# Renewal for Levy Processes

Suppose $$X(t)$$ is a Levy process with almost surely positive increments (for all $$t_1 < t_2$$ $$P(X(t_1) < X(t_2)) = 1$$)

Define

$$\nu X(t) := \sup \{\tau \in \mathbb{R_+}| X(\tau) < t\}$$

It is not hard to see, that $$\nu X$$ is also a stochastic process with almost surely positive increments.

My question is:

Is it a Levy process too?

It is not hard to see, that $$\nu X (0) = 0$$ and for all $$t_1 < t_2$$ $$\nu X(t_1) - \nu X(t_2) = \mu\{\tau \in \mathbb{R}| X(\tau) \in (t_1; t_2]\}$$, which means, that the conditions (1), (3) and (4) are satisfied. However, I do not know, whether the increments of $$\nu X(t)$$ are independent or not. They are indeed uncorrelated, but uncorrelatedness $$\neq$$ independence.

One can also notice, that $$\nu \nu X(t) = X(t)$$ almost surely. However, it does not seem to be very helpful.

• To clarify: (i) $X(t)$ is usually only defined on $t\geq 0$, and so the sup over $\tau \in \mathbb{R}$ is weird and I'm not sure how it is defined. (ii) (related) How do you get $vX(0)=0$? I wonder if you may want to use an alternative definition $$Y(t)=\inf\{\tau \geq 0 | X(\tau) \leq t\} \quad \forall t \geq 0$$ This indeed satisfies $Y(0)=0$ (with prob 1). Commented Jun 21, 2019 at 19:03
• An intuitive argument against stationary increments: If we define $X(t) = \sum_{i=1}^{N(t)} V_i$ where $N(t)$ is a Poisson process of rate $\lambda>0$ and $\{V_i\}$ are independent and i.i.d. positive random variables (not exponentially distributed), then $vX(t)$ is constant over intervals that span durations of $V_i$. So intuitively, if $vX(t)$ has been constant for a while, it is likely because the associated $V_i$ variable is large, and the non-memoryless property of the distribution of $V_i$ suggests that the remaining time is not independent of the elapsed time. Commented Jun 21, 2019 at 19:14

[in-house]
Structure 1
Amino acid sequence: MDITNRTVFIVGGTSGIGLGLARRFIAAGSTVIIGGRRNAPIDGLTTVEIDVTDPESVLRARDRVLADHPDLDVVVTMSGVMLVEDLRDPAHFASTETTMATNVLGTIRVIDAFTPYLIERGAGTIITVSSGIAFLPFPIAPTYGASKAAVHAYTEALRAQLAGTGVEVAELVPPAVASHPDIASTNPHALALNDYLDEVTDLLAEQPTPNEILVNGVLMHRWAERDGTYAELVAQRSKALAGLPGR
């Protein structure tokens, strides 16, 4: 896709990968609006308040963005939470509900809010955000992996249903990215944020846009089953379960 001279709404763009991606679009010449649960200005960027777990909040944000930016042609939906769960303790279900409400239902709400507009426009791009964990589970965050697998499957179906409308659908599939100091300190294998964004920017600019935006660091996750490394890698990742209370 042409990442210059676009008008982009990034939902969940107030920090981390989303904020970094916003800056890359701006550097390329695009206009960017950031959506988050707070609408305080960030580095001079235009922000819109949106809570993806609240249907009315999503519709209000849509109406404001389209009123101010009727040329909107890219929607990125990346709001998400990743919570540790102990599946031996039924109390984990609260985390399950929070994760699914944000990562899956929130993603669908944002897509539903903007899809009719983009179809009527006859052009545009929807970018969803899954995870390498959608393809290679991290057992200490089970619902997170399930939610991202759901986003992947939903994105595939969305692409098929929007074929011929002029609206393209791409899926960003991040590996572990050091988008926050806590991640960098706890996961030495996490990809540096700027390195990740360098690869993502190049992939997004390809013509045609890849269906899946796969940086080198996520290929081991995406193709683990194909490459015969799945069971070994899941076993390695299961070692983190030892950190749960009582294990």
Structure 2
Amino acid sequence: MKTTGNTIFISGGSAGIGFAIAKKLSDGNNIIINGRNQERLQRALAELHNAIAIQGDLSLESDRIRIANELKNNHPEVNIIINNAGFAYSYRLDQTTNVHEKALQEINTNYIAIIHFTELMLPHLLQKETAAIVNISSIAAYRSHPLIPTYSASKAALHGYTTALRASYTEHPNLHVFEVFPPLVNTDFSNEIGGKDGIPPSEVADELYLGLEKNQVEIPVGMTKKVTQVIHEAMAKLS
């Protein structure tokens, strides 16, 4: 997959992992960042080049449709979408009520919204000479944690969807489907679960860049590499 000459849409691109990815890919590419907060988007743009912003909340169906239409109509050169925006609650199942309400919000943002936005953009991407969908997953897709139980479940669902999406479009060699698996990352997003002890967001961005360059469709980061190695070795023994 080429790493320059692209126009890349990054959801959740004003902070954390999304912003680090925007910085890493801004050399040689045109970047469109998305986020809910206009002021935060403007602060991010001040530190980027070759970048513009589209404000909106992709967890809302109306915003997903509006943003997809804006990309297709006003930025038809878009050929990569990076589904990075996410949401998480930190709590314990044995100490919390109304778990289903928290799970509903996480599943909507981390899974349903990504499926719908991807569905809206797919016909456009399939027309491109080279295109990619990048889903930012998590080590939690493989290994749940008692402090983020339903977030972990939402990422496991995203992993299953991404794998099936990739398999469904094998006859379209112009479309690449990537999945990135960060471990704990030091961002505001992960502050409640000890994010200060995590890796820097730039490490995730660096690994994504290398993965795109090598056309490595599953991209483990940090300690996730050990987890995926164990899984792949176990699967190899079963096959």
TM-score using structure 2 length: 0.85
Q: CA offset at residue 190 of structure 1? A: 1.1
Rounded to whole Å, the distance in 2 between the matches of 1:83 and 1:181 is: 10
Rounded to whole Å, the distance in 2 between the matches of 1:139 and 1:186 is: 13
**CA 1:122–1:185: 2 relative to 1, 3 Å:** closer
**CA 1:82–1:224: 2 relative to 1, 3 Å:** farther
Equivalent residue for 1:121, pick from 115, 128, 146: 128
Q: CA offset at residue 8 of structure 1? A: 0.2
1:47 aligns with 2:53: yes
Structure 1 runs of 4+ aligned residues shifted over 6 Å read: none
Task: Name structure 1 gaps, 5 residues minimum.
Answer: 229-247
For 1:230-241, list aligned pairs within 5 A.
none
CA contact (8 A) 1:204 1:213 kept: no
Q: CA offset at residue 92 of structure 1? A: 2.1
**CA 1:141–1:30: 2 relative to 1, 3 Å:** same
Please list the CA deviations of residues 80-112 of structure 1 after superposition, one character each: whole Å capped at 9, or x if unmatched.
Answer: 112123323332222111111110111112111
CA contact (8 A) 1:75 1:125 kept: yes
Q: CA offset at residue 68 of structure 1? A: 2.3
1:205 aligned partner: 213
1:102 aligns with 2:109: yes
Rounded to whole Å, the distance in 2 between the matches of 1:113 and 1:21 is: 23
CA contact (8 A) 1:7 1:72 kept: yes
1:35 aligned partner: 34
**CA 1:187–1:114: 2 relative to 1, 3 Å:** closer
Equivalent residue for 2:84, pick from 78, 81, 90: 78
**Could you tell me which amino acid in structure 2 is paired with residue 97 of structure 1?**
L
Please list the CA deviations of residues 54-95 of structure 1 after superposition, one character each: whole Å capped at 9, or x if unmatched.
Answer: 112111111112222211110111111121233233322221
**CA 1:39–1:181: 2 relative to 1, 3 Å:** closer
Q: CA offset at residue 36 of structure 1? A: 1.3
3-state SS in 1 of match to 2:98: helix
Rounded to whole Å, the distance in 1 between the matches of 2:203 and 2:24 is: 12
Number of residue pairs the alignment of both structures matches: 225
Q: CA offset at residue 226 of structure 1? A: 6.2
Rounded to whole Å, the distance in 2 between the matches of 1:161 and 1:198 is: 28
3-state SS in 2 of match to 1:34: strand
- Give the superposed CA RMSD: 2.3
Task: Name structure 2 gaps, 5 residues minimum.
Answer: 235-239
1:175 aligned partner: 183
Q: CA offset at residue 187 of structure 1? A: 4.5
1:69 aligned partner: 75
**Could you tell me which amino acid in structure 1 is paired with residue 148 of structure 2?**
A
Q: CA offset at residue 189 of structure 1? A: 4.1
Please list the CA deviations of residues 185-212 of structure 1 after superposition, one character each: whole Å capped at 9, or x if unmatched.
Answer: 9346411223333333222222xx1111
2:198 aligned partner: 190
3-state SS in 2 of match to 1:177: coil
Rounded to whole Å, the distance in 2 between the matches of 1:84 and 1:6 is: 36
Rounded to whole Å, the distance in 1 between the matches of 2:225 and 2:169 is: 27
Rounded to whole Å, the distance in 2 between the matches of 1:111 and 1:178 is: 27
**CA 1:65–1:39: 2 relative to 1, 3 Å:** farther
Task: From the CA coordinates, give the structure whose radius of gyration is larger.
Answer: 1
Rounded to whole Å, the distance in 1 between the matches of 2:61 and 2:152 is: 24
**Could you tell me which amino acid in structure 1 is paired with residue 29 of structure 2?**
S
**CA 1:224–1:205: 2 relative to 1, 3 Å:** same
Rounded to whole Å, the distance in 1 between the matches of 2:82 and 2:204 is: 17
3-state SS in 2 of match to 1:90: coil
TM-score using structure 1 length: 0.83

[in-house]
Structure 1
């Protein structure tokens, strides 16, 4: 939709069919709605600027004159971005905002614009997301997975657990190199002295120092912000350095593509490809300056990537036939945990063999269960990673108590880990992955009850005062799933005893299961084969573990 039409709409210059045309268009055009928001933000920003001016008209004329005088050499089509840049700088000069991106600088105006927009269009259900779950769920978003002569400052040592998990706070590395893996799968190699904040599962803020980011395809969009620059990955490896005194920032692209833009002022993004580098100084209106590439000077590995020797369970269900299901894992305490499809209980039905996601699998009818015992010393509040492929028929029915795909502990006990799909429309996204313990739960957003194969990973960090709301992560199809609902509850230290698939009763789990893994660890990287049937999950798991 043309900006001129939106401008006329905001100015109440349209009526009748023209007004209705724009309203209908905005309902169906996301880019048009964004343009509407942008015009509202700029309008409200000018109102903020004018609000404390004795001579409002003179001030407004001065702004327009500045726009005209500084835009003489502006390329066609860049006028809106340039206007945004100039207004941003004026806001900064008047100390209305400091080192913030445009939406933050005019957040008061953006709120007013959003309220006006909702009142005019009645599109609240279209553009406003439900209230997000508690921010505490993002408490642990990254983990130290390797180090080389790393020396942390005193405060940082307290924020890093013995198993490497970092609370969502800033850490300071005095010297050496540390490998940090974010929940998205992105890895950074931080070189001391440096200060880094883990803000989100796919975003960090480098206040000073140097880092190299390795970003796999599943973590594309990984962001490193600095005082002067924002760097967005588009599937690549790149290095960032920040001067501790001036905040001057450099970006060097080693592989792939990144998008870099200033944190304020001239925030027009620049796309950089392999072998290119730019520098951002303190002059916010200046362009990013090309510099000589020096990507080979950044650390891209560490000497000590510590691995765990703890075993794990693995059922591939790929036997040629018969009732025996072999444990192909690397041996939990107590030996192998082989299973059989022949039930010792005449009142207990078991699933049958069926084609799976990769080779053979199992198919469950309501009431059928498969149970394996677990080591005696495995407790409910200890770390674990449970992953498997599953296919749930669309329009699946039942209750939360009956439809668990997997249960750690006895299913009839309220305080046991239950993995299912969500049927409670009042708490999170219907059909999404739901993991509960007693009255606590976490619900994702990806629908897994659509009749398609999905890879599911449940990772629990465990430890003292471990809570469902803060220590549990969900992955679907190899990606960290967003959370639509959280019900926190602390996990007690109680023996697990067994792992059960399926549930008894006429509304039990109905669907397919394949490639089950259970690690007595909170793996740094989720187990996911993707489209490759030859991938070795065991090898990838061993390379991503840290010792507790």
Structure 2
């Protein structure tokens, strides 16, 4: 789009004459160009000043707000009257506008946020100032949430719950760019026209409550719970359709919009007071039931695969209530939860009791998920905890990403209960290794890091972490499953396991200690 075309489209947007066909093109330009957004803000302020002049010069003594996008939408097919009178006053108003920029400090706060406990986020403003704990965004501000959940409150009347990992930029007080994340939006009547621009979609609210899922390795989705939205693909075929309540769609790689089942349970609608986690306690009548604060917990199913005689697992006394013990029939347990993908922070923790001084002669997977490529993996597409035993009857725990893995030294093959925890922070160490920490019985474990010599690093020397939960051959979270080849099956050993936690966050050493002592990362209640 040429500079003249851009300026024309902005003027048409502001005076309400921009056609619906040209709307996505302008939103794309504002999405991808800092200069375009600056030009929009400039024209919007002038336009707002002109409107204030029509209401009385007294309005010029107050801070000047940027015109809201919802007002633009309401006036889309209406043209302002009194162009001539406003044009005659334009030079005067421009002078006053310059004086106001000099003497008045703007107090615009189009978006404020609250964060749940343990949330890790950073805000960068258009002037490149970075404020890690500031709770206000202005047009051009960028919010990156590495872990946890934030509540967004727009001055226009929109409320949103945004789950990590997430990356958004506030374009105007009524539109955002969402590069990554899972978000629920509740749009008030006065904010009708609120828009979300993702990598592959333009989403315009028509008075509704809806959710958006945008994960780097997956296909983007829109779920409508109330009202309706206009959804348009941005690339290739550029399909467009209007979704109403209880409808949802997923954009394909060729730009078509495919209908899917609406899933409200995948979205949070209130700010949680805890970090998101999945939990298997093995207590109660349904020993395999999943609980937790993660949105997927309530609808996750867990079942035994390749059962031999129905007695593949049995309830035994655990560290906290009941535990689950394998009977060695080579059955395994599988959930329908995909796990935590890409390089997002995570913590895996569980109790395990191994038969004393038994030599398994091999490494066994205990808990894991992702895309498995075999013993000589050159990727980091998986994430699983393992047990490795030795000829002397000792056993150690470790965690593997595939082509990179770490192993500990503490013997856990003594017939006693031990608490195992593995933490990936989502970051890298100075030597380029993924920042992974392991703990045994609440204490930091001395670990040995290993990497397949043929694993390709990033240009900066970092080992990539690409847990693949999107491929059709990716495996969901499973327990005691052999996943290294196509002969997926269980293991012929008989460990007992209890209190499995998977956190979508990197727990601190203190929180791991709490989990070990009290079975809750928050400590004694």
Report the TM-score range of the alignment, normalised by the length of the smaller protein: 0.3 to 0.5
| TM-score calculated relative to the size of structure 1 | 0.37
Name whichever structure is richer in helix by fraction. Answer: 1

No. For a counter-example just take $$X(t)$$ as a Poisson process.
For $$t \geq 0$$, let $$X(t)$$ count the number of arrivals in a Poisson process of rate $$\lambda>0$$. Note that $$X(t)$$ is a non-decreasing staircase function that is right-continuous. It has i.i.d. exponential inter-arrival times $$\{T_i\}_{i=1}^{\infty}$$ and has jumps $$\{J_i\}_{i=1}^{\infty}$$ of height $$1$$ (so $$J_i=1$$ for all $$i$$).
Now the process $$Z(t) = vX(t)$$ simply exchanges interarrival times and jumps: $$Z(t)$$ has inter-arrival times of 1, and jumps of heights $$\{T_i\}_{i=1}^{\infty}$$. Since $$Z(t)$$ has arrivals at periodic times, it does not have stationary increments (it is not a Levy process).
Also, your edit in reaction to my first comment does not fix the problem of $$t=0$$:
$$Z(0)=vX(0)= \sup\{\tau \in [0, \infty): X(\tau)<0\} = \sup \phi \neq 0$$ This is because there is no time $$\tau \geq 0$$ for which $$X(\tau)<0$$. So your definition of $$vX(0)$$ is taking a supremum over the empty set.
• It also seems that with your current definition, the process $v X(t)$ is left-continuous but not right-continuous. Commented Jun 22, 2019 at 19:31